Tuesday, July 5, 2011

You just can't believe everything you read

Hi folks,

Over the weekend, our friends over at Sophos noticed that Fox News got one of their Twitter accounts "hacked". The "hacker" posted four or five bogus tweets about the President being assassinated, over a ten hour period, before the Fox guys noticed. I guess we could say that it took them ten hours to tweak that their tweets were being twampled. (Sorry)

Once they realized what had happened, they (presumably) changed their password, and deleted the dud tweets.

Their public response was that they had been "hacked", and they were demanding a full explanation from Twitter about what happened.

Well, I can tell you what happened. You weren't "hacked". Your person, or people, running that Twitter account got his or her password phished.

It hurts a bit, but it wasn't Twitter's fault, so there's no point in blaming them.

What it really underscores is the danger of password re-use. It's dangerous, and you simply must adopt the idea that you'll have one password per website that you want to use. If that's 50 websites, then you need fifty passwords. It sucks a but, but the alternative is that if you only have a few passwords, and one website fails, then that all the other websites that password accesses, are compromised.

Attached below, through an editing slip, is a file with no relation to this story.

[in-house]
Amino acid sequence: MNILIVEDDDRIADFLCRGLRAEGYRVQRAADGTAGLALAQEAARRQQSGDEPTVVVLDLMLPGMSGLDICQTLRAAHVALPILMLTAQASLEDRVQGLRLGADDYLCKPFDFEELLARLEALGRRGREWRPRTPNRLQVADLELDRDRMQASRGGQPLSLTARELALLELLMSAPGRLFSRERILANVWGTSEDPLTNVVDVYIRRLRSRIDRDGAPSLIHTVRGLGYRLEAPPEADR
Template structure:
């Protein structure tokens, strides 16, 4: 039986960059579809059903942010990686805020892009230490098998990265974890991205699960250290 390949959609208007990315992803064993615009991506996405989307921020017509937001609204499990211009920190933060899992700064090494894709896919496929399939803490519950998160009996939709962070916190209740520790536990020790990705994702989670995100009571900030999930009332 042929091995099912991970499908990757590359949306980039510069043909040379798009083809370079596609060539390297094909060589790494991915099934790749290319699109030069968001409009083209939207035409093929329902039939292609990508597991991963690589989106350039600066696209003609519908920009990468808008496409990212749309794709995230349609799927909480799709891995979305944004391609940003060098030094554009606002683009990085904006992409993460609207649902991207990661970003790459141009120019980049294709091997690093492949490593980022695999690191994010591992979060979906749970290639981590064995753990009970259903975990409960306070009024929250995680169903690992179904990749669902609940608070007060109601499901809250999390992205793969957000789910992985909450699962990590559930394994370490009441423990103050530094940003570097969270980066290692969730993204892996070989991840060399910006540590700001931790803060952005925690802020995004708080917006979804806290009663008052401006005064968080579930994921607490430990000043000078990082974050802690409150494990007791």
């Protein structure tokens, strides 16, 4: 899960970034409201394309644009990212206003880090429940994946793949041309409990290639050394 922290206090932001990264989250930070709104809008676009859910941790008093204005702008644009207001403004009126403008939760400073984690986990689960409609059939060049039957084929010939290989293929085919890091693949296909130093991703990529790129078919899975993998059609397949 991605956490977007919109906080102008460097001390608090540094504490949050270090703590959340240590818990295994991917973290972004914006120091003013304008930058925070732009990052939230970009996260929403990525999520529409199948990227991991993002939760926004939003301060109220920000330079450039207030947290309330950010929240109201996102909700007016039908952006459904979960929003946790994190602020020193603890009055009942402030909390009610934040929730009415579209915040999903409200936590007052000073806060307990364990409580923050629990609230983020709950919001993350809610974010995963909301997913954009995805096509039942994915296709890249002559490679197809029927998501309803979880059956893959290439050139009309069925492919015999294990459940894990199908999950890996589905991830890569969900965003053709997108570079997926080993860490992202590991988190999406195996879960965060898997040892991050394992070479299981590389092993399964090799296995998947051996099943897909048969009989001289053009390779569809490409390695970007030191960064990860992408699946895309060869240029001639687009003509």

Use a password manager, or even write them down and keep them in your wallet, but the rule has to be ...

No password re-use! Ever.

Keep safe folks,

Roger

2 comments:

Graham Cluley said...

Fair point - although we don't *know* yet that it wasn't Twitter's fault.

Chances are that it was sloppiness on someone at Fox's end of things which caused the account to be breached... but we have seen security lapses at Twitter itself before which have allowed bad guys to access accounts.

See http://nakedsecurity.sophos.com/2009/01/07/celebrity-twitter-accounts-hacked/ for instance.

Cheers
Graham

Roger Thompson said...

Oh yes, I agree, we don't know. Twitter has been smacked many times, but if it was a Twitter breach, I would have expected more than one shoe to drop. Otoh, given that it seems to be be just one, over a period of 10 or so hours, Occam suggests it was a phish. Or a Man In The Middle on the one victim.